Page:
One of the key issues emerging from the FCA’s suitability review this year was that fault could be found with almost half of the disclosure documents issued by advice firms.
The FCA has said it will not undertake its follow-up review until 2019; however, it will base this on advice provided in 2018. This means firms have just a matter of months to review their disclosure documents against the FCA’s findings.
It appears the regulator reviewed disclosure documents on a standalone basis. So regardless of other information held on file that could make clear the charges the client has agreed to pay, if the disclosure document itself leaves any room for confusion then this would be picked up.
The acid test
The acid test appears to be whether a client could clearly understand the document without further explanation from the adviser or any other supporting documentation.
But while this would perhaps be understandable if the document was being used for “shopping around” purposes, it is doubtful many firms would regard this information as a primary brochure for prospective clients.
Does this show a disparity between the way the FCA anticipates clients use these documents and the way both firms and clients use them in practice?
The FCA has stated on a number of occasions that these documents should be used to help customers shop around. Indeed, the phrase itself suggests they should be used to sell the services of the firm, rather than being regarded as a terms document containing mandatory information the firm is obliged to provide.
But one would be hard pushed to find many firms that send out their disclosure document without either an accompanying initial explanation of their services and charges or further supporting documentation.
The format of disclosure documents is often still based on the old-style Keyfacts template. However, the FCA has paved the way to make them more engaging by removing the templates from its website, as well as much of the prescribed wording.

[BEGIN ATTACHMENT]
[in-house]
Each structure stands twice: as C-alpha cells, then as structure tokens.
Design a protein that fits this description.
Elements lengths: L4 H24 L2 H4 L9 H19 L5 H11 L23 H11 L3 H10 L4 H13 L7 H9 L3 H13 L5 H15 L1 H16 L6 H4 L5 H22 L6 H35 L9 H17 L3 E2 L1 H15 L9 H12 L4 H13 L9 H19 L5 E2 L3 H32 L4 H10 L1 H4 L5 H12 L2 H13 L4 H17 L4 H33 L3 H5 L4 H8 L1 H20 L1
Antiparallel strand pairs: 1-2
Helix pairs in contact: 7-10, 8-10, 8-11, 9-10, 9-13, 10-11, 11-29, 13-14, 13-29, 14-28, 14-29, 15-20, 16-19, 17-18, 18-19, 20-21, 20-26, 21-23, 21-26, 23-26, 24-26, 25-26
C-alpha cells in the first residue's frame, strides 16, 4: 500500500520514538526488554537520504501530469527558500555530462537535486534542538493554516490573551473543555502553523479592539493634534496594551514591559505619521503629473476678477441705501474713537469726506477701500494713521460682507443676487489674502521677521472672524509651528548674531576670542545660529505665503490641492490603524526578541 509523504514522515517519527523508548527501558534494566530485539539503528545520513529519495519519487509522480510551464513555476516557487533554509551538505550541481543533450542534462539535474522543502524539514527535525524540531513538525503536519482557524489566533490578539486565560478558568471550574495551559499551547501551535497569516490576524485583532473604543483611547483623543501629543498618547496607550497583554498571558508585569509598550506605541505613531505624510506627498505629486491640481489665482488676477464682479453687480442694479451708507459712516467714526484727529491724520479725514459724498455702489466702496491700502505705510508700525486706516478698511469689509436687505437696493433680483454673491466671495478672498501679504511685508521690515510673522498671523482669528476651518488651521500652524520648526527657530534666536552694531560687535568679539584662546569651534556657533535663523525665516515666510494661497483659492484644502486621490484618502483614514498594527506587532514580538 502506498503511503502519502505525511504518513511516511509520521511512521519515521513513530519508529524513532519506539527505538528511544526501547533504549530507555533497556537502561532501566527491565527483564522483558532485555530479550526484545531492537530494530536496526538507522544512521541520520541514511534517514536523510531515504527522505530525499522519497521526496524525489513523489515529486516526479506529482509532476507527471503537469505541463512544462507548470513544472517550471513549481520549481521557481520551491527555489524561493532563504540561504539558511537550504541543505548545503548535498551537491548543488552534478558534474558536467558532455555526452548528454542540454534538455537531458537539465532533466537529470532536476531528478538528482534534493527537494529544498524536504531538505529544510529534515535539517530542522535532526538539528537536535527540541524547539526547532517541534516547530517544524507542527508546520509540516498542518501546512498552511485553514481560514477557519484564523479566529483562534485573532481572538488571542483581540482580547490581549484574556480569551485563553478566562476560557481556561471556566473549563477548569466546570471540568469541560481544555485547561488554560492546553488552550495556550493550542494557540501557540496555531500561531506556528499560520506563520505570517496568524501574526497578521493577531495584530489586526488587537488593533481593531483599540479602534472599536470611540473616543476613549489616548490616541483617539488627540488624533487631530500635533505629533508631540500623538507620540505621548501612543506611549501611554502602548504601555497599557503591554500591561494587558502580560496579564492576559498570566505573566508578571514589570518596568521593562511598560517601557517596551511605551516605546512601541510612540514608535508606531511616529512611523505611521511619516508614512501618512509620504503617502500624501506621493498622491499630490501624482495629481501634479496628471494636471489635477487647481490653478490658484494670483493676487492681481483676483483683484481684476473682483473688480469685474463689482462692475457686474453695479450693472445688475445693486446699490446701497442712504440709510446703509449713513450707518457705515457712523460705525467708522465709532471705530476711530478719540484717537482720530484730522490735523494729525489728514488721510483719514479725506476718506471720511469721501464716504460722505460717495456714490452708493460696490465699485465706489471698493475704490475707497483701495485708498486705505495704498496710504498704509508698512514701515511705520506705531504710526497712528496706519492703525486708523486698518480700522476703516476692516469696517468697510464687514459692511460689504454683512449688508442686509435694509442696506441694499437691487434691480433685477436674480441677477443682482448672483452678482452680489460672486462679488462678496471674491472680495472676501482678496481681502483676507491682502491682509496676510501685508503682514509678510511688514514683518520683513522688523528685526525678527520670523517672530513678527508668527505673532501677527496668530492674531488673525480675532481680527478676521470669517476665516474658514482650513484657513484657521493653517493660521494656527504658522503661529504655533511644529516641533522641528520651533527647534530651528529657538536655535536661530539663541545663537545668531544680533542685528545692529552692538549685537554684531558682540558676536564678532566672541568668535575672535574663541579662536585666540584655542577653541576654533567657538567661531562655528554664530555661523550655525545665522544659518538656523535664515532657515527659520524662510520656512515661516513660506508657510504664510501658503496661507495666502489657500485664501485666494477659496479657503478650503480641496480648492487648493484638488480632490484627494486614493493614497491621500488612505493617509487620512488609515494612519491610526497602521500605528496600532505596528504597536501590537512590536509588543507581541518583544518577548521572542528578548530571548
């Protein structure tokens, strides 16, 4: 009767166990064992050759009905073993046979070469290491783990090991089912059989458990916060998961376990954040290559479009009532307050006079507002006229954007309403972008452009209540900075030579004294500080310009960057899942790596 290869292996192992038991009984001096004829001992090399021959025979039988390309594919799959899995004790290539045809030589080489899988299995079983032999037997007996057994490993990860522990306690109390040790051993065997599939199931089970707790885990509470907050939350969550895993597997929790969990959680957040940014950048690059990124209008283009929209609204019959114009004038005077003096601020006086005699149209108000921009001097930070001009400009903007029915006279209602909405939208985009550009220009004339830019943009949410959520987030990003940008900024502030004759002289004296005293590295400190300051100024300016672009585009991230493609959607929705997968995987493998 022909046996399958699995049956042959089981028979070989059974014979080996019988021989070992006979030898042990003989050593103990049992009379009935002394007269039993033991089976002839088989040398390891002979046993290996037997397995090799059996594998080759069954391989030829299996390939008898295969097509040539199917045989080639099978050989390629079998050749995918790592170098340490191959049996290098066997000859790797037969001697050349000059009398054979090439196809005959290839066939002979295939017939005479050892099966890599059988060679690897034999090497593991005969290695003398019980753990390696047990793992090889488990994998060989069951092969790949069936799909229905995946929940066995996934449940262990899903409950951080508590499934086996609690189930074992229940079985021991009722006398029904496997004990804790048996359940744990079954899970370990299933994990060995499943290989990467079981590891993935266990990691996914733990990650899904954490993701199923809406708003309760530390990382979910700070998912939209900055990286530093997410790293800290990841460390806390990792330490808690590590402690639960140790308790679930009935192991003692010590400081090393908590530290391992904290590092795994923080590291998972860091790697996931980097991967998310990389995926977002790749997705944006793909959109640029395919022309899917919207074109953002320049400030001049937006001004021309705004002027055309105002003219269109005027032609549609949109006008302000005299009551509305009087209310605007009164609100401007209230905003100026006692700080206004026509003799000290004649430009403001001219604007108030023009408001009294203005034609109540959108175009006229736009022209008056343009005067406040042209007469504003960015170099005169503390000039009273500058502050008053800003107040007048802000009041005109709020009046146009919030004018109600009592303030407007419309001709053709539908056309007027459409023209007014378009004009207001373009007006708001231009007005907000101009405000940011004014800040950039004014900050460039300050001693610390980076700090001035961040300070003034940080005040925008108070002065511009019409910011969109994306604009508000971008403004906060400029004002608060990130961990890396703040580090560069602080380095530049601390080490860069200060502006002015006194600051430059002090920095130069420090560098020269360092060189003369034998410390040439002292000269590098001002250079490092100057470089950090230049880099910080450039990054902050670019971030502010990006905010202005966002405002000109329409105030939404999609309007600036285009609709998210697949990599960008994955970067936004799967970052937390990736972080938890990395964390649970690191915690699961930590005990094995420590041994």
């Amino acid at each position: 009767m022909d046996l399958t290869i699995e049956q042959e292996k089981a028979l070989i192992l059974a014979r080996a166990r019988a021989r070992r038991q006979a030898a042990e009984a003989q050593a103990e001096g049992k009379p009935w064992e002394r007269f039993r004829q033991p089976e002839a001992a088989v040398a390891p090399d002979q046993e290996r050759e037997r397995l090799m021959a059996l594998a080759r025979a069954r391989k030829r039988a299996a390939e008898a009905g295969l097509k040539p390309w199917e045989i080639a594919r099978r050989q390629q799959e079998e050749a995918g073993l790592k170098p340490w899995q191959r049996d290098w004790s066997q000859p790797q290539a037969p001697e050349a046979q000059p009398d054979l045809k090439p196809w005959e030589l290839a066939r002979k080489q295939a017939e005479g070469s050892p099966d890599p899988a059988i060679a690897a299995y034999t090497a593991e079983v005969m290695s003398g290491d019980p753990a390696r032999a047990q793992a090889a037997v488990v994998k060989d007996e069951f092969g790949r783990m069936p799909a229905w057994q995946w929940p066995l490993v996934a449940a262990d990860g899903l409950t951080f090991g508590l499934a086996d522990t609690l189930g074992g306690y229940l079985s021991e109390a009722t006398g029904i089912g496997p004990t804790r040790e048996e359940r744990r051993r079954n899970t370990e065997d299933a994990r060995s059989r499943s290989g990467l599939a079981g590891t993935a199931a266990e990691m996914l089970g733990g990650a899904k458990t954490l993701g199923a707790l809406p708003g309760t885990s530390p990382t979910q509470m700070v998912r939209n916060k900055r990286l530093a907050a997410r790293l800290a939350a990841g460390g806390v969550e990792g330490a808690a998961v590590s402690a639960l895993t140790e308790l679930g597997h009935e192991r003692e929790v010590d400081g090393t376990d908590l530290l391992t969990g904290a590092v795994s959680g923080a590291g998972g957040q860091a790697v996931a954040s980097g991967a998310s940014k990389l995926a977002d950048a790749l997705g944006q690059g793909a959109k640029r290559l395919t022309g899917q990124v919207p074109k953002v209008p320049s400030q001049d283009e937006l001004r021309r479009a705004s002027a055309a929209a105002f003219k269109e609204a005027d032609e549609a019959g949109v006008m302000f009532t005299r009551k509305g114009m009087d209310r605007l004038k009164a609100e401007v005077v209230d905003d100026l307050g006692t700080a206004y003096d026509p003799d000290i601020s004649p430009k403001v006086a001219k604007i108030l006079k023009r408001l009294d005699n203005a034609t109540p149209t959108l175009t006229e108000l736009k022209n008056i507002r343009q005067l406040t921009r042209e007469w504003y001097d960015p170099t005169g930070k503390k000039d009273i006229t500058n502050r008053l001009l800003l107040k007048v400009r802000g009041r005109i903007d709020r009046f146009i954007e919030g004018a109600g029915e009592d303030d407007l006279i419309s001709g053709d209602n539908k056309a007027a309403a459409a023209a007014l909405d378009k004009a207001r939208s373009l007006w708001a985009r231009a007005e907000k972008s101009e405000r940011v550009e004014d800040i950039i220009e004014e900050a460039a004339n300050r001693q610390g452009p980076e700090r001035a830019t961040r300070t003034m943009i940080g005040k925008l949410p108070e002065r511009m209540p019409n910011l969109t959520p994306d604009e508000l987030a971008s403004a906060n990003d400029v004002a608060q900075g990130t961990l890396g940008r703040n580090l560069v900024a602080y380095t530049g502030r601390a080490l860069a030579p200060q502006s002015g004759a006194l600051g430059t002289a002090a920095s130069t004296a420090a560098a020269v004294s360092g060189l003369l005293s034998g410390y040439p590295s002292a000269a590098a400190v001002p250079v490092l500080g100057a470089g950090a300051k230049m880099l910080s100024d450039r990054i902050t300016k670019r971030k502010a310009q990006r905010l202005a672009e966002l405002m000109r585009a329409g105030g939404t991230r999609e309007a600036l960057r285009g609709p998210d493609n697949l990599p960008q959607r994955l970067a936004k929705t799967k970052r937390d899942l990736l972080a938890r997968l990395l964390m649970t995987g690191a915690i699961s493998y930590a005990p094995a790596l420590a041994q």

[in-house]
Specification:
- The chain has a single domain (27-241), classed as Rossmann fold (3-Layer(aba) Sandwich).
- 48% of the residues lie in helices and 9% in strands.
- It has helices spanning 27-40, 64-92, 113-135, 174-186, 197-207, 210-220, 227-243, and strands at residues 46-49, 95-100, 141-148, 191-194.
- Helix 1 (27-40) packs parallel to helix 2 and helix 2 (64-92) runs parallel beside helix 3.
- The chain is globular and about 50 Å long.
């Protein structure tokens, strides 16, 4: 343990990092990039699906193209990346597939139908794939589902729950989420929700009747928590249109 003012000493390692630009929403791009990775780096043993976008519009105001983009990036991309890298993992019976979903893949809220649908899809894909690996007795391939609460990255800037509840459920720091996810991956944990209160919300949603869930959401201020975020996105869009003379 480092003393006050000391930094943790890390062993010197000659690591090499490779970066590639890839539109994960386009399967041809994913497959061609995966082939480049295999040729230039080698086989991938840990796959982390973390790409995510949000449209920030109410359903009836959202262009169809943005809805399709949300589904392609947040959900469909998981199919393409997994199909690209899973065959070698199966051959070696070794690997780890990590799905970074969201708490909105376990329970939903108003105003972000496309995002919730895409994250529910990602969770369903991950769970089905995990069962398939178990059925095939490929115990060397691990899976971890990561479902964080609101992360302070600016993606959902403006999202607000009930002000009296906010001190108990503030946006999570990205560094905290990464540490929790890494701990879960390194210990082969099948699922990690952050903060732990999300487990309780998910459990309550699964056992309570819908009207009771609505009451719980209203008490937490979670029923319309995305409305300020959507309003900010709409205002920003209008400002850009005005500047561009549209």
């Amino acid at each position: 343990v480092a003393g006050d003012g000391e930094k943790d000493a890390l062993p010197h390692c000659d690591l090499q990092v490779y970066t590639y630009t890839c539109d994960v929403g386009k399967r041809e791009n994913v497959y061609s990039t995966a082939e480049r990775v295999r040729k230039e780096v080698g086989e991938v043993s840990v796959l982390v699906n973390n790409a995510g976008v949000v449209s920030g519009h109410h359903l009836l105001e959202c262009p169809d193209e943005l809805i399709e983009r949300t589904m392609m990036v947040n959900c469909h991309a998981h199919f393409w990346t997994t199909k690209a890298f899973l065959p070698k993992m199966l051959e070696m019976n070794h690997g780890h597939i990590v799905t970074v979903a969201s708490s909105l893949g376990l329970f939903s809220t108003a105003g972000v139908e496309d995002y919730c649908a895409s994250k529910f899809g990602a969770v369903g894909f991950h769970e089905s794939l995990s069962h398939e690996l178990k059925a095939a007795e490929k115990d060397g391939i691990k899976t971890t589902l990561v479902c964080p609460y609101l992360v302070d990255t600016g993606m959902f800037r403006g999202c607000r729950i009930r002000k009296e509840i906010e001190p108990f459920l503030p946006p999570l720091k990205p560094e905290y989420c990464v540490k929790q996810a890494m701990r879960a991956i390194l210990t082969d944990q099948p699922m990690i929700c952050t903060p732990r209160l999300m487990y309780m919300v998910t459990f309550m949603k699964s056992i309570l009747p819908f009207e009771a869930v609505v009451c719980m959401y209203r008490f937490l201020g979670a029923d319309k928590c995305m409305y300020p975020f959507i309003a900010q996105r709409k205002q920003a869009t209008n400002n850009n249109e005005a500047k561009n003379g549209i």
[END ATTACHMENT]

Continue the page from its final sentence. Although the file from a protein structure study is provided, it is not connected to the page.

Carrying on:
If we looked at these documents in a different way and used them as a promotional item for a firm’s services, they may naturally become more comprehensive, which could address some of the regulator’s concerns.
The FCA also looked at the basis for deciding which charging option would apply in particular scenarios – the point being the client might be unclear. This may happen where firms offer a mixture of fixed fees, hourly rates and/or percentage charges.
When reviewing disclosure documentation, consider whether these could be simplified. For example:
- If several payment options are available, how often does the firm use each of the options?
- Are there any payment options the firm no longer uses?
- Does the firm steer clients to use a particular payment option and, if so, would it make more sense just to offer this one option?
On the issue of simplification, the FCA also found some suitability reports to be too long or complex. Debate about the level of information that should be included within a suitability report has rumbled on for some time. However, in light of these latest comments, now is a good time for firms to take a fresh look at the information they include.
Mifid II will be implemented on 3 January. This directive will affect all investment advice firms, not just Mifid firms. As part of the requirements, it will be necessary for advisers in the vast majority of cases to issue suitability reports before business is placed with product providers.
If a firm’s processes involve issuing suitability letters for investment advice after the business has been written, then it is likely these processes will need to be amended, which may put additional time pressures on creating and issuing suitability reports. If processes could be amended to remove some of the length and complexity from these reports, this could help to alleviate some of these pressures.
Carl Wallis is head of compliance at Bankhall